INTRODUCTION: Poland's private farmers received recognition of their independent trade union on Tuesday (12 May) when the Warsaw Provincial Court formally registered the Rural Solidarity Union.
GV Farmers with banners outside (3 shots)
CU ZOOM OUT inside courtroom, people holding banners
SV Judge reading out provisions of statute
SV Farmers Solidarity representatives PAN TO judge
GV Crowd in courtroom
SV Solidarity representative speaking
SV PAN Farmers Solidarity representative ZOOM OUT TO courtroom
GV ZOOM OUT Judge continues making statement
Script is copyright Reuters Limited. All rights reserved
Background: INTRODUCTION: Poland's private farmers received recognition of their independent trade union on Tuesday (12 May) when the Warsaw Provincial Court formally registered the Rural Solidarity Union. The recognition grants the union's 2.5 million members the same labour rights as industrial workers.
SYNOPSIS: Thousands of farmers stood outside the courthouse in Warsaw, waiting to celebrated the victory which came at the end of an eighty-month struggle for recognition. They had faced down adamant opposition from the government and with the support of the Catholic Church, won the rights to form an independent rural trade union.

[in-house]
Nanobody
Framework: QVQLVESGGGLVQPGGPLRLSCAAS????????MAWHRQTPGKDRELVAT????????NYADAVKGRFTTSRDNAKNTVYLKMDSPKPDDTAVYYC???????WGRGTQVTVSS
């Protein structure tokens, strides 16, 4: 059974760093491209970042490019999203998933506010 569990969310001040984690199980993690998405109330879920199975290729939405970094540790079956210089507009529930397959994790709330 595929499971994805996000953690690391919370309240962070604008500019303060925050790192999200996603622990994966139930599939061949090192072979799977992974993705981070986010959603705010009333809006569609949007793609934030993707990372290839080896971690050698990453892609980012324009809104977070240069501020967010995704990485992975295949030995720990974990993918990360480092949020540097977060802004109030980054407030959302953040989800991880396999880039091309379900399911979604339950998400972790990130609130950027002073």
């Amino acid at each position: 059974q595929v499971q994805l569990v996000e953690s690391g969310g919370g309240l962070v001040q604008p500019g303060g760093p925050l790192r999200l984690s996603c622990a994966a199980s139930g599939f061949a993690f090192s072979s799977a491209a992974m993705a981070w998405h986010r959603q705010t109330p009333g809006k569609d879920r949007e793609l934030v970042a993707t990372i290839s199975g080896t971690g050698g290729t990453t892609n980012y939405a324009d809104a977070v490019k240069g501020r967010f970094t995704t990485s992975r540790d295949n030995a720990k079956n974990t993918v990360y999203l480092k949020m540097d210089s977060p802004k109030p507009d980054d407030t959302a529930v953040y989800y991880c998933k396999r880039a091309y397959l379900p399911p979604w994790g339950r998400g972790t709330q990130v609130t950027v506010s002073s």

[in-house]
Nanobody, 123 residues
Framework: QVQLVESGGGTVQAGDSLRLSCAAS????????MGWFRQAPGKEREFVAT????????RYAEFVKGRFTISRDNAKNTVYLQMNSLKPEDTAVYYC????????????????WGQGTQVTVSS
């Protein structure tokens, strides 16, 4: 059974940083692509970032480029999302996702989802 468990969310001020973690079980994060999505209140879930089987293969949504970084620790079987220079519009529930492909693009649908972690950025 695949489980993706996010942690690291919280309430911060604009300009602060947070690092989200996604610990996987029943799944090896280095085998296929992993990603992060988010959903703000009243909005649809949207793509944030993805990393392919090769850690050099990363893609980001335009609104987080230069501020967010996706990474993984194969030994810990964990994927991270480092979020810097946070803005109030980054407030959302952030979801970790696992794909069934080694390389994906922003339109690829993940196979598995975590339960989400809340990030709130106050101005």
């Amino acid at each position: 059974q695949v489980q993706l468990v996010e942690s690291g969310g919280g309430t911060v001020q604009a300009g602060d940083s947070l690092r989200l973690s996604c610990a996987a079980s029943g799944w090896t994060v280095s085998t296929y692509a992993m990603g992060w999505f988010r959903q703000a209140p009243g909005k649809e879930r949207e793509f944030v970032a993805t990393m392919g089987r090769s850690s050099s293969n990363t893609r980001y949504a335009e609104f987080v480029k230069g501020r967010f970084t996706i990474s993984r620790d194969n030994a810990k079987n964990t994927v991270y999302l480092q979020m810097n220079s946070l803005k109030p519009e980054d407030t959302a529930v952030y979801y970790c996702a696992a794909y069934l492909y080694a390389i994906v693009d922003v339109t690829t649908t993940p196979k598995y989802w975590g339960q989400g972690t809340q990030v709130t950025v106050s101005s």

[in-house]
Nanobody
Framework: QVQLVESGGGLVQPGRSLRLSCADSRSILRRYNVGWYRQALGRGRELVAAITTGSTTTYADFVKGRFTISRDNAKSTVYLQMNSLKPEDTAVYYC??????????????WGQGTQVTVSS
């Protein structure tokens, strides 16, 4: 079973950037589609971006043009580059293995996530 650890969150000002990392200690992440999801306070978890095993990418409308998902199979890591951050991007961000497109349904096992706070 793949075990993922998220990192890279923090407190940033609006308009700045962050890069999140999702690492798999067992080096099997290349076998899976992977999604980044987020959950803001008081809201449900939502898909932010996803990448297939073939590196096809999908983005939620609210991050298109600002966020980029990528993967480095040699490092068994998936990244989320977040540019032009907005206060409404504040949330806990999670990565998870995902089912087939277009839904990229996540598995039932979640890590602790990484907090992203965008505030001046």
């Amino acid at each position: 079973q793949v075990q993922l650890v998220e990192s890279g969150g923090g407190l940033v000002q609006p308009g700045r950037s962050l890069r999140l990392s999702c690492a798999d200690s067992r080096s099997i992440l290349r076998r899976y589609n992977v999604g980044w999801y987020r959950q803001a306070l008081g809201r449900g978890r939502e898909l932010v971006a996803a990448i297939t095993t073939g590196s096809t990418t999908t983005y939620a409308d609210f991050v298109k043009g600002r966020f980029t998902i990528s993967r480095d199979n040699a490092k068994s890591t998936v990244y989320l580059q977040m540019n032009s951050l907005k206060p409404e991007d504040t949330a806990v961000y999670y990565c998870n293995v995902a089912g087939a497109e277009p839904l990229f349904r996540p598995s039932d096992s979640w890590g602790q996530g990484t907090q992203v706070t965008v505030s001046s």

Presiding Judge Zdzizlaw Koscielniak, who had turned down an earlier request for registration, said in announcing the court's ruling that "from this moment, the farmers' trade union will be able to undertake the defence of private farmers' interests in the full majesty of the law".
The courtroom was packed as Rural Solidarity's lawyers put their case for recognition, although legislation passed by Parliament last week made approval a foregone conclusion.
The Union representatives assured the court that their Rural Solidarity had no political ambitions and that it recognised the supremacy of the Communist Party.
Opponents of the union had earlier argued that private farmers were employers and not employees and that creation of the Rural Solidarity would cause chaos and political anarchy. The judge, however, said the Polish people hoped the union would use its power to increase desperately short food production.